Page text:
Muñoz-Rojas takes the city as the focal point, and what emerges clearly from her case studies is the story of an attempt to materialize an imposed authority; a process identified by Richard Sennett: ‘The work of authority has a goal: to convert power into images of strength. In doing this work, people often search for images that are clear and simple’.(5) What is less clear is the author’s analysis of whether this attempt was more or less successful in the post-war reconstruction of Spain.
The author has evidently been influenced by the work of Richard Sennett. A reflection of his work on order and disorder in the city (6), and on authority (7) might have allowed for a further level of analysis of the dynamics at play in Franco-period attempts to reshape Spanish cities. Similarly, a consideration of the scholarly research on memory and the city (8) could have permitted the author to reflect on how the dimension of memory, so important in contemporary Spain, relates (or not) to the cities presented in this volume. It would have been welcome to see the discussion opened out in the final chapter to include a reflection of how the theories and observations of critics such as Sennett, Sudjic, and, Foucault, for instance, compare with and could be applied to the Spanish experience. Deyan Sudjic in particular has explored how ‘the architecture of the state’ has been used in contemporary conflicts – notably by the Republics of the former Yugoslavia in the run up to the wars of the 1990s and subsequently. In his Edifice Complex (9), Sudjic dedicates a chapter to ‘landscapes of power’ in which he discusses how both democratic and totalitarian leaders have used architecture strategically in order to make a public statement about their ability to control events and show how through the sheer power of will they are able to give shape to the world.(10) ‘State architecture’, he writes ‘is successful when it is able rapidly to take on the quality of inevitability’.(11) Was this the case in Spain? It would appear that yes, there are many examples that indicate to some extent it was successful in Spain: that the imposition of Escorial-style architecture, the hierarchical structuring of town centres, the differentiation of building materials used for ‘noble’ buildings or for those intended to house the working classes did acquire a quality of inevitability. Similarly, it would have been interesting to have included a reflection on Foucault’s understanding of power and space (12), for despite the rhetoric of unity Spain’s reconstruction shows what Foucault termed ‘dividing practices’.(13)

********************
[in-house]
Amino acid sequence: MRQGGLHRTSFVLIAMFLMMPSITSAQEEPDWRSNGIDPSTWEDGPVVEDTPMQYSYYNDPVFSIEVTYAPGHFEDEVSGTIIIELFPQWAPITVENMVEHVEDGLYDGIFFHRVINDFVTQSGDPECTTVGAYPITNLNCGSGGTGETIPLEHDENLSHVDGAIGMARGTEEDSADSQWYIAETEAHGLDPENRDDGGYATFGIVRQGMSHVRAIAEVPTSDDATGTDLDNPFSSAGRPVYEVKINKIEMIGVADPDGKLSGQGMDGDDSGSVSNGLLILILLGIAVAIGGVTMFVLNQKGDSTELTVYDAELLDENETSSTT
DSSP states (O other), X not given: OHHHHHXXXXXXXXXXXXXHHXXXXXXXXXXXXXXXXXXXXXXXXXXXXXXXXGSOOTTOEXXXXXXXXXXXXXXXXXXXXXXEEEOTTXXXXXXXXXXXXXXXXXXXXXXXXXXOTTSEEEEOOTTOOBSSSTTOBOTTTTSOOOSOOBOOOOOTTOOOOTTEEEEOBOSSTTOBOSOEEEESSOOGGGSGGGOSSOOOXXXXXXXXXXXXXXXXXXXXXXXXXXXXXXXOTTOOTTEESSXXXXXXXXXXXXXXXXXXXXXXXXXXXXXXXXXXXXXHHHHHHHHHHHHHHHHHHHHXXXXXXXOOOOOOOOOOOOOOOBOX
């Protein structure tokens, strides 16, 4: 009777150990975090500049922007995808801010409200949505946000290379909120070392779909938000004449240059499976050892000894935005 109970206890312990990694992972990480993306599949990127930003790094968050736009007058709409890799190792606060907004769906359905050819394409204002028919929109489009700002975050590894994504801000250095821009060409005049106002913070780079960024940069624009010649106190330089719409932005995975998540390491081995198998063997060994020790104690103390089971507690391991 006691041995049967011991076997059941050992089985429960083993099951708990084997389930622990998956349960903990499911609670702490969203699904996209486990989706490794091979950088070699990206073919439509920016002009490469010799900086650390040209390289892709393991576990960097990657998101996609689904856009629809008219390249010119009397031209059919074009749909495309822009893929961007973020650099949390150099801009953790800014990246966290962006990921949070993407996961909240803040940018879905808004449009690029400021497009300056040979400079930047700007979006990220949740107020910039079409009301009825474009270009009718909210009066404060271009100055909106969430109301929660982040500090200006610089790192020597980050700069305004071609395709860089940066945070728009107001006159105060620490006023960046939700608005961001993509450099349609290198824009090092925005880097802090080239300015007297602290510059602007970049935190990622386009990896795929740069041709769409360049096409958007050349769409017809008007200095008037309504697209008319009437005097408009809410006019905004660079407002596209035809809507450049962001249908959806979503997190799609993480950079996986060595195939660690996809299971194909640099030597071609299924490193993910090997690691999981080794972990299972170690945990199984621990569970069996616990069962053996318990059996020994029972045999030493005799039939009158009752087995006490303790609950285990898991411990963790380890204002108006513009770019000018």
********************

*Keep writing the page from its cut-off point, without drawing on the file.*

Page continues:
At the centre of this book is a reflection on urbanism and politics; how urban planning and development are taken on in a post-war scenario. The author dedicates enough time to discussing the construction of the various sites studied that the subtitle of the book would have been equally accurate had it included this term. Some of the most intriguing points made by Dr Muñoz-Rojas are her remarks suggesting how the Spanish experience relates to other European ones. For instance, her mention of how the financial models developed for the Spanish reconstruction were informed by the post-First World War systems adopted by Italy (p. 27) is very suggestive, as are the brief glimpses offered at a comparison with post-Second World War reconstruction in Europe. Developing this comparative approach further in the final section of the book would have allowed for a broader understanding of how this Spanish experience fits within a wider picture, a scope which then would also have enabled the author to reflect on which of the dynamics that she observed were particular to Spain; perhaps this could be a subject for a future book or article.